The mediators’ questions seek to help the conflict parties evaluate an intensely personal narrative that is essential to their being. Yet the conflict story within this narrative has placed them in harm’s way through its compelling calls to posi- tion, where they are psychologically and emotionally induced to defend a story that is killing them.
The mediators use questions and restatements to help the parties grapple with answering questions about the nature of their conflict story.
Mediator: Is the story changeable? Can we change the story without losing our identity and memory of our fathers? Will the other party allow us to change the story? How do we know what parts of our story to change and what parts of our story we must keep in order to survive as a culture? How do we preserve the good narrative without succumbing to the bad story of conflict?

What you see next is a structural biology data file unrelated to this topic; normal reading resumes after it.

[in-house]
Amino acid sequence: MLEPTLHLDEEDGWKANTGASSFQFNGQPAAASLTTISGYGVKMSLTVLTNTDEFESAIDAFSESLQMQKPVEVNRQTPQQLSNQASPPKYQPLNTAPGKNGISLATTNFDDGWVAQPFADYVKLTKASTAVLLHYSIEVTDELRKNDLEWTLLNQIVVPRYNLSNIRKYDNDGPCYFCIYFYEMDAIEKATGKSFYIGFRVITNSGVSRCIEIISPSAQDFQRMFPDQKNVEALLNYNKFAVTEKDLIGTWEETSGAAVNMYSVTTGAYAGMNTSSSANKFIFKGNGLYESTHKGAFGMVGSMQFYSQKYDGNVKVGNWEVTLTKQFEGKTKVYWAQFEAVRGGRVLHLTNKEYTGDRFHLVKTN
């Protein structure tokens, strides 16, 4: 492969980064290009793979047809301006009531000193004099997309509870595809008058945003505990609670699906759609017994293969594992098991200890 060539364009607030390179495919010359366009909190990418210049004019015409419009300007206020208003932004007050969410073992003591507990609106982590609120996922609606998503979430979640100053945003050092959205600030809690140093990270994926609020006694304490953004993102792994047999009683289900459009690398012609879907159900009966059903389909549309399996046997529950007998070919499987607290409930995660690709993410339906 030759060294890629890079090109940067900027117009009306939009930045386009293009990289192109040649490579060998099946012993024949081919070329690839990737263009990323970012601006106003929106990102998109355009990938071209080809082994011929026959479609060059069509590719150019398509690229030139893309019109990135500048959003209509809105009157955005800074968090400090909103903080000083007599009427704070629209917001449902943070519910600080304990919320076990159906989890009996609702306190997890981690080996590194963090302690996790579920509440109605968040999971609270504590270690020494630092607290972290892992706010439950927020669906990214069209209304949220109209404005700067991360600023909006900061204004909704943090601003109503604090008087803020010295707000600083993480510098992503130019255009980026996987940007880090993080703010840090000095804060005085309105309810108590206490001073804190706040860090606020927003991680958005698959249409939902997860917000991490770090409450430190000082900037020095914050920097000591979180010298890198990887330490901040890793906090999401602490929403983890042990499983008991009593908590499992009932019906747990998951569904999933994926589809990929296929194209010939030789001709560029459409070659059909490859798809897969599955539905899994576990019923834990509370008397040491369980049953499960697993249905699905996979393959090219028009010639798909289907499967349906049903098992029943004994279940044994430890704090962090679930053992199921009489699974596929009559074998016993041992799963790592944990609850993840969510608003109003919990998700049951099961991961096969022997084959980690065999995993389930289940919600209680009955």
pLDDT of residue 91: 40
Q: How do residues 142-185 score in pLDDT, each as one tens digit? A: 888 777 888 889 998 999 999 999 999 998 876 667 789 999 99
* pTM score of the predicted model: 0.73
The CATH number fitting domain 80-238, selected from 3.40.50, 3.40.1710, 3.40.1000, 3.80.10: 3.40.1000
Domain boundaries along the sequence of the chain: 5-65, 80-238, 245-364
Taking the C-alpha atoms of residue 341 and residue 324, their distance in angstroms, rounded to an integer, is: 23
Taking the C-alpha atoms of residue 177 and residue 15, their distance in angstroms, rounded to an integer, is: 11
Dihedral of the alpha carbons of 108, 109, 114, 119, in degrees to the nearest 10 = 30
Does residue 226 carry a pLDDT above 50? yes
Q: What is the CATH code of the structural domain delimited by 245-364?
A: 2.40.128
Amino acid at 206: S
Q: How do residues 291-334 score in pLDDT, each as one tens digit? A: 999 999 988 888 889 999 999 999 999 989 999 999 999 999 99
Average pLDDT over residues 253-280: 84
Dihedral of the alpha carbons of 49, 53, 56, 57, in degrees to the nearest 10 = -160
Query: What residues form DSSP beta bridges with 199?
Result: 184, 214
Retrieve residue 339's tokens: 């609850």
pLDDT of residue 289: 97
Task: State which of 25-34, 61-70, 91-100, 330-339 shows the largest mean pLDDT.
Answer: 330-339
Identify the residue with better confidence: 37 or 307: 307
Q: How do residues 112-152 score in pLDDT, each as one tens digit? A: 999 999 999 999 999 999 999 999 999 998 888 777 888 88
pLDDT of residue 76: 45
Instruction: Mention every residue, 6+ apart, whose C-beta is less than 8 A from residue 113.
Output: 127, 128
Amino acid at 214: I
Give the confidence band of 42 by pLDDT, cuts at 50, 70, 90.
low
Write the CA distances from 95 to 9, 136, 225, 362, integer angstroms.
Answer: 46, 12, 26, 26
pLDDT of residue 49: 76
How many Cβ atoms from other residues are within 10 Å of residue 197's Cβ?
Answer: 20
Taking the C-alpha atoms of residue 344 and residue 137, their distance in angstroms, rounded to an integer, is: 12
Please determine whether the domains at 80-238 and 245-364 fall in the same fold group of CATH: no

All of these questions are major topics that the mediator helps the parties ask and answer by guiding them in self-review, searching for essential narrative tissue and separating it from conflict story tissue that the parties can cut away, changing their story. As the mediator works with the conflict parties to evaluate the story, he continues to use psychosocial cultural analysis and framing to maintain the conflict parties’ focus on the needs of their families in the present and requirements to balance past memory with future promise. In Niger and Sudan, for example, their environment cognitively and emotionally imprints the tribes we worked with, a perspective Stein (2008) refers to as psychogeography and that I add to with psychogeology.